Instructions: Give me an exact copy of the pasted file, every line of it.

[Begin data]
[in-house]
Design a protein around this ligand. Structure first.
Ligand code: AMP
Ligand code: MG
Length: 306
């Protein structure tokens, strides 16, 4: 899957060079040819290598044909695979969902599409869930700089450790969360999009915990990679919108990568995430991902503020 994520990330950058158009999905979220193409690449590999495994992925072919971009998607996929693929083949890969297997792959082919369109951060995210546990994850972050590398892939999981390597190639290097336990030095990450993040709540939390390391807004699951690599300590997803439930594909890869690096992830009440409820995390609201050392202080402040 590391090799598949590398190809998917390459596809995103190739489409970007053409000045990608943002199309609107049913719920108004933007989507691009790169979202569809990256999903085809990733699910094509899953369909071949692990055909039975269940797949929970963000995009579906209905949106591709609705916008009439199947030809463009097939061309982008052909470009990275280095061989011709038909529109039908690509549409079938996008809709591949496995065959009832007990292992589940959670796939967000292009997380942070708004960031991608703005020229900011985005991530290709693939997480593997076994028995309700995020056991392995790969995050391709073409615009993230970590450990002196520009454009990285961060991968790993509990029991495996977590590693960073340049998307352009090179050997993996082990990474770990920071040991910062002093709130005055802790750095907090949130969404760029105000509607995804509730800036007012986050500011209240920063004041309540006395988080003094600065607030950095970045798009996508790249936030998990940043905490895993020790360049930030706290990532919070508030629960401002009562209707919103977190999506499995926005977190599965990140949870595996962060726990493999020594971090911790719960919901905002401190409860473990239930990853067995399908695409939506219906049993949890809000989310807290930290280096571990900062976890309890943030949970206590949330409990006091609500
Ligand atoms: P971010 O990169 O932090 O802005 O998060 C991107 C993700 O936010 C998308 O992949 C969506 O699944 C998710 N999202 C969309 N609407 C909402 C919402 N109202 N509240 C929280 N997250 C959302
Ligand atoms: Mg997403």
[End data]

[in-house]
Design a protein around this ligand. Structure first.
Ligand code: AMP
Ligand code: MG
Length: 306
């Protein structure tokens, strides 16, 4: 899957060079040819290598044909695979969902599409869930700089450790969360999009915990990679919108990568995430991902503020 994520990330950058158009999905979220193409690449590999495994992925072919971009998607996929693929083949890969297997792959082919369109951060995210546990994850972050590398892939999981390597190639290097336990030095990450993040709540939390390391807004699951690599300590997803439930594909890869690096992830009440409820995390609201050392202080402040 590391090799598949590398190809998917390459596809995103190739489409970007053409000045990608943002199309609107049913719920108004933007989507691009790169979202569809990256999903085809990733699910094509899953369909071949692990055909039975269940797949929970963000995009579906209905949106591709609705916008009439199947030809463009097939061309982008052909470009990275280095061989011709038909529109039908690509549409079938996008809709591949496995065959009832007990292992589940959670796939967000292009997380942070708004960031991608703005020229900011985005991530290709693939997480593997076994028995309700995020056991392995790969995050391709073409615009993230970590450990002196520009454009990285961060991968790993509990029991495996977590590693960073340049998307352009090179050997993996082990990474770990920071040991910062002093709130005055802790750095907090949130969404760029105000509607995804509730800036007012986050500011209240920063004041309540006395988080003094600065607030950095970045798009996508790249936030998990940043905490895993020790360049930030706290990532919070508030629960401002009562209707919103977190999506499995926005977190599965990140949870595996962060726990493999020594971090911790719960919901905002401190409860473990239930990853067995399908695409939506219906049993949890809000989310807290930290280096571990900062976890309890943030949970206590949330409990006091609500
Ligand atoms: P971010 O990169 O932090 O802005 O998060 C991107 C993700 O936010 C998308 O992949 C969506 O699944 C998710 N999202 C969309 N609407 C909402 C919402 N109202 N509240 C929280 N997250 C959302
Ligand atoms: Mg997403």